Friday, June 09, 2006

 

Diving into history in King Herod's harbor

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Washington Post
By Corinne Heller
June 06, 2006


CAESAREA, Israel - Above the glistening waves off the shores of the Israeli city of Caesarea, a group of scuba divers suit up to begin their descent into history.

As they slowly sink underwater, the light disperses to reveal remnants of what experts say was one of the biggest and most sophisticated sea ports of the Roman Empire.

After around 2,000 years, the ancient harbor is again open for business. The tourism business, that is.

Israeli and North American archeologists discovered the ruins some 40 years ago and, since last year, have worked to preserve the remnants, some of which once rested above the surface, to create Israel's first underwater archeological museum.

Metal poles with numbered signs mark 36 exhibits lying about 20 feet below the Mediterranean's surface over an area of 783,000 square feet.

Among the artifacts are remains of a sunken Roman vessel, giant anchors, loading piers, marble and granite columns and an ancient breakwater.

With waterproof maps and an instructor to guide them, scuba divers can maneuver through the larger artifacts by following ropes tied between the poles placed in the sea bed. Snorkelers can view remnants found in more shallow waters.

A ticket costs 12 shekels (about $2.50), not including the rental of equipment.

"The visibility was low but that just made it more dramatic," said Boaz Gross, a 22-year-old student. "You feel like you're in an ancient atmosphere and you feel the depth of the history of the place."

However, Yossi Kwart, a 25-year-old student, said strong currents put a damper on his dive.

"The fact that the dive was very difficult took away from some of the fun," he said.

After around 2,000 years, the ancient harbor is again open for business. The tourism business, that is.

Israeli and North American archeologists discovered the ruins some 40 years ago and, since last year, have worked to preserve the remnants, some of which once rested above the surface, to create Israel's first underwater archeological museum.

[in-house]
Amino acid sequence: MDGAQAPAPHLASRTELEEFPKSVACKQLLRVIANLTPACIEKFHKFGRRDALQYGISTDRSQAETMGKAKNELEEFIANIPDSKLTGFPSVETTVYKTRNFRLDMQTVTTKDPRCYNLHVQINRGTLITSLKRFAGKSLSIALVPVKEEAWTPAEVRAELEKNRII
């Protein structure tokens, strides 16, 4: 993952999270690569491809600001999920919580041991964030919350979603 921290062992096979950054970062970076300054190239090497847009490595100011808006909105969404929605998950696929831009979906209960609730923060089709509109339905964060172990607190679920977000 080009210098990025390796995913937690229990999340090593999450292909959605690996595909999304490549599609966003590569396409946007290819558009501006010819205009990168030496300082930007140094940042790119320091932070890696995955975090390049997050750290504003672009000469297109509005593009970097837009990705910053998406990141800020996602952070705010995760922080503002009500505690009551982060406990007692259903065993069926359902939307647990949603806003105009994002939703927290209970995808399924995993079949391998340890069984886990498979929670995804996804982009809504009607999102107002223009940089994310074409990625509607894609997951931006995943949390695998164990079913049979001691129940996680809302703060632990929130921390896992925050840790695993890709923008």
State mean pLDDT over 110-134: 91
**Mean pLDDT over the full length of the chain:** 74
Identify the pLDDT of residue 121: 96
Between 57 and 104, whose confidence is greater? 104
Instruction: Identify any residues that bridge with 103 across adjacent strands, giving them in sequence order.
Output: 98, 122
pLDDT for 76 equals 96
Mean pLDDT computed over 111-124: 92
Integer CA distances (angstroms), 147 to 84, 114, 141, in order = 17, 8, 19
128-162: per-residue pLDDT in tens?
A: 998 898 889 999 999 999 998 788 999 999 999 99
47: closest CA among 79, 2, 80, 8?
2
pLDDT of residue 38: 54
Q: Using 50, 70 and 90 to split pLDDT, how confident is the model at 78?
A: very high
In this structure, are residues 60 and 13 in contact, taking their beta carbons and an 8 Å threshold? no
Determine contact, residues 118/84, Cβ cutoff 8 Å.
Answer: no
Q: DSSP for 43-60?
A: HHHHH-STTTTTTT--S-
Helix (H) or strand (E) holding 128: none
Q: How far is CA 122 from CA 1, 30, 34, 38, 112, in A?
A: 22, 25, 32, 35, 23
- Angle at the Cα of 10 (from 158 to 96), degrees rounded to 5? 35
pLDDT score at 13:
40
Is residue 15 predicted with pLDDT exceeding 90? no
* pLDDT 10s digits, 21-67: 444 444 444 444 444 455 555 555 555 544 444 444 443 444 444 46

Metal poles with numbered signs mark 36 exhibits lying about 20 feet below the Mediterranean's surface over an area of 783,000 square feet.

Among the artifacts are remains of a sunken Roman vessel, giant anchors, loading piers, marble and granite columns and an ancient breakwater.

With waterproof maps and an instructor to guide them, scuba divers can maneuver through the larger artifacts by following ropes tied between the poles placed in the sea bed. Snorkelers can view remnants found in more shallow waters.

A ticket costs 12 shekels (about $2.50), not including the rental of equipment.

"The visibility was low but that just made it more dramatic," said Boaz Gross, a 22-year-old student. "You feel like you're in an ancient atmosphere and you feel the depth of the history of the place."

However, Yossi Kwart, a 25-year-old student, said strong currents put a damper on his dive.

"The fact that the dive was very difficult took away from some of the fun," he said.

Sarah Arenson, a maritime historian involved in the project, said the ancient harbor first opened in 10 BC and served for more than a century as the main gateway for goods such as exotic spices, textiles, dyes and cosmetics shipped to the Roman Empire from places as distant as the Far East.

"It probably overshadowed the old and very important ports of the eastern Mediterranean," Arenson said. "Caesarea eclipsed these old famous harbors in economic importance and splendor."

The port's architecture was also among the most sophisticated in the known world at the time, she said.

The materials used included marble, granite and wood, as well as an innovative ingredient at the time -- pozzolana, a kind of cement made from volcanic ash imported from Italy.

"Augustus marked the start of the 'Vox Romana', the unique political and economic entity that was the Roman Empire at the time," Arenson said, adding that after a Jewish rebellion from 66-70 AD, business in Judea declined and the port was less prosperous.

INNOVATIVE CONSTRUCTION
Archeologists were surprised to discover that the harbor was built in only 12 years, Arenson said.

"Even today, building a harbor this size would (take) about the same time," she said. "To think (Herod) did it with his technology in that time; it probably required many thousands of people working in coordination."

Experts believe workers built artificial islands from which they could later drop blocks onto the sea floor to create a solid platform for the port's breakwater.

A minor wall was constructed around the main breakwater to protect it during construction -- a tactic Herod used in the building of Jerusalem's Second Temple, destroyed by the Romans in 70 AD.

Many experts believe the port's foundations were eventually smashed by erosion from earthquakes in a region that lies on a major fault-line. Others blame tidal waves.

Several countries boast underwater archeological exhibits, like a palace in Egypt's Alexandria, which historians believe was used by Cleopatra. Arenson said the Caesarea project is the world's first public underwater sea port exhibit.

Avi Baz, a diving instructor, said hundreds of people had already visited the underwater exhibit, a 40- to 50-minute dive. He predicts numbers will only grow.

"Divers in general have a tendency to look for new sites, new adventures, new thrills," he said.


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